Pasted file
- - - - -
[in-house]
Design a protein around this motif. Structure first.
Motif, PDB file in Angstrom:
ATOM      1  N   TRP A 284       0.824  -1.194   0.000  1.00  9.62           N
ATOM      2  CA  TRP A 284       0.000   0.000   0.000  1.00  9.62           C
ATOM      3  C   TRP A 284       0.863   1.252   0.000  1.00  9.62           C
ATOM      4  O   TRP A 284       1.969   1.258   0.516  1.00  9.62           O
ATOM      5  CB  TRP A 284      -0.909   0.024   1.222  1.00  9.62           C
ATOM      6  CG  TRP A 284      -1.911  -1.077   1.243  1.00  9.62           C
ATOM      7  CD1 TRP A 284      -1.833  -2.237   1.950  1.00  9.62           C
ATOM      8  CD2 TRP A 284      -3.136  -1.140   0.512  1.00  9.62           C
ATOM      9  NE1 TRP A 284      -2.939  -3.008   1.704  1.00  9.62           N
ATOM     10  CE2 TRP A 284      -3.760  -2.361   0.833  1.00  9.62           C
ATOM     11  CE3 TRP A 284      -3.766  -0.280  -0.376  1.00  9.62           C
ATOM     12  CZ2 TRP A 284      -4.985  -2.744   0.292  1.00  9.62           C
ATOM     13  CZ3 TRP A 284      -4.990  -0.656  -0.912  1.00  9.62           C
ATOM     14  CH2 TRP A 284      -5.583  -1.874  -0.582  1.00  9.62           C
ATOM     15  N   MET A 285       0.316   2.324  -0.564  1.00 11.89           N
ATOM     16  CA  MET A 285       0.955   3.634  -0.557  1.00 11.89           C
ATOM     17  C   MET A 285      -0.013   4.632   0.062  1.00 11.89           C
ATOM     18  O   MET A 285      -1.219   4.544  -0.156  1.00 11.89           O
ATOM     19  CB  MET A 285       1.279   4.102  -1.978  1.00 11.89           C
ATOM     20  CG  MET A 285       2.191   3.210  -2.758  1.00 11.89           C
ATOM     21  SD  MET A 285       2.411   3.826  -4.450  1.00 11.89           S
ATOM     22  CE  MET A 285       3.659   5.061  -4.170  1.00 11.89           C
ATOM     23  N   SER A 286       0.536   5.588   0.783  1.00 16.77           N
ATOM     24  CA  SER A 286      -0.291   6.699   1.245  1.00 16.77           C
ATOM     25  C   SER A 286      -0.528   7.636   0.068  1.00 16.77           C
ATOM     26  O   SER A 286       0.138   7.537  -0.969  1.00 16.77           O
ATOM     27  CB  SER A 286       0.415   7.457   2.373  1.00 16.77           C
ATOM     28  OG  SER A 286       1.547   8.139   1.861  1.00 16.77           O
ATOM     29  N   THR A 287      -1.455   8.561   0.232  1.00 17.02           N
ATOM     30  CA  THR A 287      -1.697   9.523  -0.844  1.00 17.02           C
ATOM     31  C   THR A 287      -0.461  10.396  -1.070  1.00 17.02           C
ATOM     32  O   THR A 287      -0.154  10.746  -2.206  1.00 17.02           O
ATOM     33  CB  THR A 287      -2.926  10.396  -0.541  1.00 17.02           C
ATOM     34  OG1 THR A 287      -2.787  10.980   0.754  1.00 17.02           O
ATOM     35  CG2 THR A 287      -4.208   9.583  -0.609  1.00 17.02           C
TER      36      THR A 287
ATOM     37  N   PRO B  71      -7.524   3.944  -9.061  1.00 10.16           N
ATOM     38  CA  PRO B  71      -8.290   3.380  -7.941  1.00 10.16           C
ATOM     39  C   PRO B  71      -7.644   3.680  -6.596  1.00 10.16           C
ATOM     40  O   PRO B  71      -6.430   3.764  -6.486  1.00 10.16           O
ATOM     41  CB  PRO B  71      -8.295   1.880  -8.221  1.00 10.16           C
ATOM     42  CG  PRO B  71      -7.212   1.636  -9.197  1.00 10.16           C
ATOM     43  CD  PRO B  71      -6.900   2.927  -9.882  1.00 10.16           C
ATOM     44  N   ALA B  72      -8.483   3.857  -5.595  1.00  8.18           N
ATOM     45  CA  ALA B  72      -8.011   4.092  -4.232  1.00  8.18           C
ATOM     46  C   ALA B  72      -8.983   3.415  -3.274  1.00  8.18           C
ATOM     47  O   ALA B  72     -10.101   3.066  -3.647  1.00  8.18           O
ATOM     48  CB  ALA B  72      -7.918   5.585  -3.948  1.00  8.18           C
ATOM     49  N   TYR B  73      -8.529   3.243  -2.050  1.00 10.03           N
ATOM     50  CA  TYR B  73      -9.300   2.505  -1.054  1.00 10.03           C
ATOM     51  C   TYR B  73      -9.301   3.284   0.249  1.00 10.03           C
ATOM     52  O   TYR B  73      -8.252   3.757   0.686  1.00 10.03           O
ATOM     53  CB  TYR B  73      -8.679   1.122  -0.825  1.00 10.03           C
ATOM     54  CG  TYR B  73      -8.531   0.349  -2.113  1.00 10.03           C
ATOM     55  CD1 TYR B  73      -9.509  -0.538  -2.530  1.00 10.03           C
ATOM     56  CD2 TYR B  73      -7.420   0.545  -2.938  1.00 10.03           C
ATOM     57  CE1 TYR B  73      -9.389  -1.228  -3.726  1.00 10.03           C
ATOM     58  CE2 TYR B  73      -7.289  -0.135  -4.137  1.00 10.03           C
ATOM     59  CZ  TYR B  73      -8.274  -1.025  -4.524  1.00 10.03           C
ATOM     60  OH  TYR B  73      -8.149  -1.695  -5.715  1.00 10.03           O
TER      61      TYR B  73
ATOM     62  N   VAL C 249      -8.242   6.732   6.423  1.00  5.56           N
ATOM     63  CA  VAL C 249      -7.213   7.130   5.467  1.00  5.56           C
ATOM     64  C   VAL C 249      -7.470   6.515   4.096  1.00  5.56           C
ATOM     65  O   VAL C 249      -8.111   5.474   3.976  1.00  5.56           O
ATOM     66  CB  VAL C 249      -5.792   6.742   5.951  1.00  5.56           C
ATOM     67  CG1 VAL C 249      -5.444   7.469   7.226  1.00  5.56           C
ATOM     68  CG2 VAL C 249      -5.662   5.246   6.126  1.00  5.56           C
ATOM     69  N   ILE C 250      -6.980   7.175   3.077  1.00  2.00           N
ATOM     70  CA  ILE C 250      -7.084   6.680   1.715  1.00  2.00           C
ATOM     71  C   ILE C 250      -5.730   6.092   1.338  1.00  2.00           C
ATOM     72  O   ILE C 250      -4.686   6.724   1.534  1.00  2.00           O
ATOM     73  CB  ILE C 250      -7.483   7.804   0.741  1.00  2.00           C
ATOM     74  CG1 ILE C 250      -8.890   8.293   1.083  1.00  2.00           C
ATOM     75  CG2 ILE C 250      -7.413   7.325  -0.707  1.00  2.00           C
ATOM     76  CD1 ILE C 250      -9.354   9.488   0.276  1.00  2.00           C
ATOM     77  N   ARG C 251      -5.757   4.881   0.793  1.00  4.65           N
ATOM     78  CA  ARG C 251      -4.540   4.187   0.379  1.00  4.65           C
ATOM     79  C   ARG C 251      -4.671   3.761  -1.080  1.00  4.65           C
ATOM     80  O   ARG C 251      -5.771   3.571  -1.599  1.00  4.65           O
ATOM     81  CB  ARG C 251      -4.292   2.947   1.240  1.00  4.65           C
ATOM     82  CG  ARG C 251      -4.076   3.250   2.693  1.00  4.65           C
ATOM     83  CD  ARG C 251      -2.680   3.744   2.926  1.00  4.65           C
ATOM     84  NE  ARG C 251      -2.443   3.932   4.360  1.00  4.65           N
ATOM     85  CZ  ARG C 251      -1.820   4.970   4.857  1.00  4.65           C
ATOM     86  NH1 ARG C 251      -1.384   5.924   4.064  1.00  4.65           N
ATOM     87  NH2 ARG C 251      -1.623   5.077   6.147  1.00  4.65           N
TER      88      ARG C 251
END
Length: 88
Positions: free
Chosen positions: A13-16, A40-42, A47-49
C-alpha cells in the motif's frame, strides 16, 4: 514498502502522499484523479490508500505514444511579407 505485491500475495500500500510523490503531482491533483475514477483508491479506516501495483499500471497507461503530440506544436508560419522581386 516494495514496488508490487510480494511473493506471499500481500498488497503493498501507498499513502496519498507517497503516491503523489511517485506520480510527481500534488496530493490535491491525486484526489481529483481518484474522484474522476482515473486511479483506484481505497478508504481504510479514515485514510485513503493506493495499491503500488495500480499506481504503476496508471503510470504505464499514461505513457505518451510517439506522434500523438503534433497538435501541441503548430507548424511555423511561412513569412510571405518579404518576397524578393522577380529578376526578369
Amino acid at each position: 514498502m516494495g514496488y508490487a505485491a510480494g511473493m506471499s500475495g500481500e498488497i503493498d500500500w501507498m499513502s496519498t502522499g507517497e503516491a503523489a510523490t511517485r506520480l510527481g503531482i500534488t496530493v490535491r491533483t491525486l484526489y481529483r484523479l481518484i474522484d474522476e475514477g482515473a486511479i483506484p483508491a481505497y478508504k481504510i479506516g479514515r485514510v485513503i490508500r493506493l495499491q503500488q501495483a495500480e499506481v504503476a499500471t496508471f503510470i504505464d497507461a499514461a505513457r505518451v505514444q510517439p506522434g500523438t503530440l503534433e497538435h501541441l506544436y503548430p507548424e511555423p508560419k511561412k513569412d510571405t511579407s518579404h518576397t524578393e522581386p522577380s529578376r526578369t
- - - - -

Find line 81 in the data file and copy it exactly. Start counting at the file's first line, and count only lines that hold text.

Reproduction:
ATOM     78  CA  ARG C 251      -4.540   4.187   0.379  1.00  4.65           C